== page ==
I wished it had been with my heel—the heel on these Weitzman pumps is pretty potent—but it was with my toe. He had been walking up behind me, should have zigged when I zagged, and
pow
. Neither of us was amused.

“Detective Edwards,” I acknowledged and made a beeline for the ladies room. I paced, I peed, I repaired my makeup as much as my blotchy cheeks and trembling hands would permit, and I checked my watch about three times before deciding that I could safely emerge. Surely he and Lipscomb were occupied with Helen or something else by now. But as I stepped back into the hall, Edwards was waiting for me.

There are times I wish I smoked. Lauren Bacall could always buy a moment to come up with the perfect scathing line by doing the whole cigarette case ritual—click, tap tap, long, soulful gaze as the match is struck, deep inhale, lazy exhale, withering line. I could’ve used one of Bacall’s cigarettes just then. Better yet, I could’ve used one of Bacall’s writers.

Edwards made the first move, which would have impressed me more if I hadn’t been dismissing it as technique. “This morning didn’t go the way I’d hoped.”

“Bagel not fresh?” I asked, almost able to taste one of those little pieces of tobacco Bacall was always lifting off her tongue with a perfectly manicured nail.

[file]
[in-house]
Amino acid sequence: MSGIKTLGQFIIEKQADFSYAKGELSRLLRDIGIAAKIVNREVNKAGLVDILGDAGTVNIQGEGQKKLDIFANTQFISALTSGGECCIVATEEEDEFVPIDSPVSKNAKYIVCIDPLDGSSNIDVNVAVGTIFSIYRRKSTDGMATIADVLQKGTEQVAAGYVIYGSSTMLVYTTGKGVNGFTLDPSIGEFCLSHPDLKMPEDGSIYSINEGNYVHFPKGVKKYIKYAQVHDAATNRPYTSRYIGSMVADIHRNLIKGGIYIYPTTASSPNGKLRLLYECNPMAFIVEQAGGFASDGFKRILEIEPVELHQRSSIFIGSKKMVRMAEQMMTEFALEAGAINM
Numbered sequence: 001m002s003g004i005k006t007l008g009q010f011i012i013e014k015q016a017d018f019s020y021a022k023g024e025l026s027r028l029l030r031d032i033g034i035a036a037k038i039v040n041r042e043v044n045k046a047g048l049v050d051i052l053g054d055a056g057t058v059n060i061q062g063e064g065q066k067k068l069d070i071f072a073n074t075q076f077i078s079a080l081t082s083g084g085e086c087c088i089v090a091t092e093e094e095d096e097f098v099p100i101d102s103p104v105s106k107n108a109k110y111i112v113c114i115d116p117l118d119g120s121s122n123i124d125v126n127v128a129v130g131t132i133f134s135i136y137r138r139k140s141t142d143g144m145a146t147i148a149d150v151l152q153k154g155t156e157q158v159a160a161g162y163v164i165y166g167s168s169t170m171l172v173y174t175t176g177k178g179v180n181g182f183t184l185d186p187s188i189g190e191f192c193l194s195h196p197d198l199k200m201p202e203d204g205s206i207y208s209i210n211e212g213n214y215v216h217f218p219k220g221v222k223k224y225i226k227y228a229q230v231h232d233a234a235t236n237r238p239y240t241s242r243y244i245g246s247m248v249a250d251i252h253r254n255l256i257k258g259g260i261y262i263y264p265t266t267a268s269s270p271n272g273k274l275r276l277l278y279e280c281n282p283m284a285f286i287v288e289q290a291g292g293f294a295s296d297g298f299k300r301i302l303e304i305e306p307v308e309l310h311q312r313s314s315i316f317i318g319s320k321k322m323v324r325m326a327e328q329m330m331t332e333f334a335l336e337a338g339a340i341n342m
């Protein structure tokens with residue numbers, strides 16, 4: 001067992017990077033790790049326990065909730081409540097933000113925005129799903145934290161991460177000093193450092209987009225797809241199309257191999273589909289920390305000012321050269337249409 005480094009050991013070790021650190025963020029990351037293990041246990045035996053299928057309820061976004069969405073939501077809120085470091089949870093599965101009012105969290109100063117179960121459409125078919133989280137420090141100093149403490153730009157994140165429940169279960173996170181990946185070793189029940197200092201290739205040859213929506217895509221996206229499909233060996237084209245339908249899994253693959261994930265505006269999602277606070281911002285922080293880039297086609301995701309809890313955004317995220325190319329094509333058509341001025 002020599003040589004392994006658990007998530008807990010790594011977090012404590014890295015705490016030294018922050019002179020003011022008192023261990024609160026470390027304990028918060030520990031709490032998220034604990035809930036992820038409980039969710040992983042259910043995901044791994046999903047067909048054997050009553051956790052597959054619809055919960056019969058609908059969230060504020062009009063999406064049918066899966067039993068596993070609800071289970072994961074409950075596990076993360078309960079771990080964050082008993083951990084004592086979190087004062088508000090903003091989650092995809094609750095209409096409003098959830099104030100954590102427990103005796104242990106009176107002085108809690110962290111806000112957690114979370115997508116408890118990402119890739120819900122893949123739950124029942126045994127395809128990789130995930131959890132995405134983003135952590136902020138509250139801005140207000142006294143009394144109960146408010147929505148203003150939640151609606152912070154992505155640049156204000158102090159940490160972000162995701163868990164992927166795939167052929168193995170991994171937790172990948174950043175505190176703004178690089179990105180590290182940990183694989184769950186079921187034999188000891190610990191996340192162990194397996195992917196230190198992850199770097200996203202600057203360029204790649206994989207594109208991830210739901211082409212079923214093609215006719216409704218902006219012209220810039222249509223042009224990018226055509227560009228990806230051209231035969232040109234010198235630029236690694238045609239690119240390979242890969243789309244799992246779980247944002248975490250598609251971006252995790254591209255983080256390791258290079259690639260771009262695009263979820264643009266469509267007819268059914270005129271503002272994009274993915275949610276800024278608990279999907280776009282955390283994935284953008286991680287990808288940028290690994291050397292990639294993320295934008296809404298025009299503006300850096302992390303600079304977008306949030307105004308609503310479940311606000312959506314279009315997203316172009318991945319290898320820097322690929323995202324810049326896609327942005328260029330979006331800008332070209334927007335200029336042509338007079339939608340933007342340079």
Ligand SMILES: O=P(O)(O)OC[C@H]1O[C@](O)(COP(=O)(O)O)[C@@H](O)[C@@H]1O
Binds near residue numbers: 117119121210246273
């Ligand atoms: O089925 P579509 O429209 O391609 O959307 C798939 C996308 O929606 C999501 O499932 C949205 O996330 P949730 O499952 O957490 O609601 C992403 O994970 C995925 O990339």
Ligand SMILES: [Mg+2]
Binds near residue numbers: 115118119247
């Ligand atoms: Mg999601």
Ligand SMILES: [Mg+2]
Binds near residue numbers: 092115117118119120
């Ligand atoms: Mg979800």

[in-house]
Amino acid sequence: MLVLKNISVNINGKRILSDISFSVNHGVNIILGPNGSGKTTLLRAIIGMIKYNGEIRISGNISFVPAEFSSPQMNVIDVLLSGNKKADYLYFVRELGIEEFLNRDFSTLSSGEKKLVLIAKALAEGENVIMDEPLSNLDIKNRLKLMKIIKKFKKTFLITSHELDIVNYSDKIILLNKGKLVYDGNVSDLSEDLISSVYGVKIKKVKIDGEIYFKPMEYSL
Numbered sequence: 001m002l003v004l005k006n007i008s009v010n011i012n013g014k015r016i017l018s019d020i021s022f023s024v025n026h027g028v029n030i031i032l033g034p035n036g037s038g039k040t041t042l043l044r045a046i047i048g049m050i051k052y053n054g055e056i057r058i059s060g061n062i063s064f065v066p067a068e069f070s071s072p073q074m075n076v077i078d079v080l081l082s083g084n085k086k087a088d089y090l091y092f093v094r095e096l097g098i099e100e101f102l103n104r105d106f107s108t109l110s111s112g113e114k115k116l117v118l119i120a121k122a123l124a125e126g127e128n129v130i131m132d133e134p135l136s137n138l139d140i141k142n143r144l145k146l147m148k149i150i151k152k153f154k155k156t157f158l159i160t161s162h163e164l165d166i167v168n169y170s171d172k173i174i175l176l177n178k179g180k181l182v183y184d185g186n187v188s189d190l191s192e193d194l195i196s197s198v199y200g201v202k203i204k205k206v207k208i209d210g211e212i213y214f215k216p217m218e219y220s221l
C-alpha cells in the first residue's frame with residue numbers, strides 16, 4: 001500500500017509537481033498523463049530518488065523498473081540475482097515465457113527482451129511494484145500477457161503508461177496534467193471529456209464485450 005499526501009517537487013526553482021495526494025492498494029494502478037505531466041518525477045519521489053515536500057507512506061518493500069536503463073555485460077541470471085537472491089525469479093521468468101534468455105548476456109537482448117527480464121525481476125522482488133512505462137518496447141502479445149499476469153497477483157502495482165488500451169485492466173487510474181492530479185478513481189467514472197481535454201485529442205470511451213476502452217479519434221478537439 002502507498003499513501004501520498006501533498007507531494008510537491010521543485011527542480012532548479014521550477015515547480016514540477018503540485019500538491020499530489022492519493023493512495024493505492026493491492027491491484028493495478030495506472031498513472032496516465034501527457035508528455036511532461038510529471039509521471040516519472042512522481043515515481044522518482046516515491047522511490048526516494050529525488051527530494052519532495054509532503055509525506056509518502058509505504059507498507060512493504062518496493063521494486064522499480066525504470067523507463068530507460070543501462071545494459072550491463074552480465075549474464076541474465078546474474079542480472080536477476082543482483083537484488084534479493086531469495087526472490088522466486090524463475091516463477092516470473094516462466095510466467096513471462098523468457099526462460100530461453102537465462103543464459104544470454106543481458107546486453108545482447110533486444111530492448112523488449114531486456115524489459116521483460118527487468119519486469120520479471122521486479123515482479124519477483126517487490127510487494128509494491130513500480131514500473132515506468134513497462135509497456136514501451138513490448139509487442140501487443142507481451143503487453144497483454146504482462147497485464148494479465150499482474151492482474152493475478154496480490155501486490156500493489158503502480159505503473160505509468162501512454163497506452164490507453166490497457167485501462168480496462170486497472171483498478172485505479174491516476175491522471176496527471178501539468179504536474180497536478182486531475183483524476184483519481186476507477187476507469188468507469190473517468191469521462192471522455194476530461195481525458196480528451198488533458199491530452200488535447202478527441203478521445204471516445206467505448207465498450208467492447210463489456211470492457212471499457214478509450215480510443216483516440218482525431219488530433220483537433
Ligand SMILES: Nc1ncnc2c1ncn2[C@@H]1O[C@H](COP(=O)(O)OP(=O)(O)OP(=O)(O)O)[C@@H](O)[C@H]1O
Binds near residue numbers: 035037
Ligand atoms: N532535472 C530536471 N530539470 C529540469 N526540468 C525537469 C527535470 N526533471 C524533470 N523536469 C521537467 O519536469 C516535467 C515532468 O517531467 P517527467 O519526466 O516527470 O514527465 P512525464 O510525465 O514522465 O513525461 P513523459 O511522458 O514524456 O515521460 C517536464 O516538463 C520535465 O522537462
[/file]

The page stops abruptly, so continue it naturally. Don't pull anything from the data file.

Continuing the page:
“I deserve that.” He smiled and it was pained enough to pass for sincere. “I misjudged you.”

“Is this where I excuse you because you’re only doing your job?” Even if it was sincere, the smile was not enough. Not by a long shot.

“That’d be great.”

“I’m sure it would be. Have a nice day, Detective.”

Toucheé
, Leigh Brackett. I felt really good about leaving him that way. Until I told Cassady about it on the cell phone on the way back to the office. “You don’t want to burn that bridge, Molly,” she snapped.

“I’m not going to get involved with a guy who thinks I’m capable of murder. Or of sleeping with Teddy Reynolds,” I said in an effort to defend myself.

“I’m talking about having access to the police department so you can solve this crime and become a world-famous journalist,” she snapped even harder.

“You’re so supportive. One of the many reasons I love you,” I snapped back.

“I am being supportive!” she protested. “I’m thinking clearly for you since you apparently don’t have time for that today.”

Snap, snap, snap.

“What am I supposed to do, Cassady? Thank him for considering me a murder suspect?” One of the great things about Manhattan is that everybody has so much on their minds that they rarely care what’s on yours. You could have sex in the middle of the sidewalk on Sixth Avenue and people would step around you without breaking stride. But I guess my voice got a little shrill on “murder suspect” because three different people looked directly at me—one with horror and two with interest. I turned up the collar on my coat, like that was going to muffle anything else I blurted, and kept walking.

BOOK: Killer Heels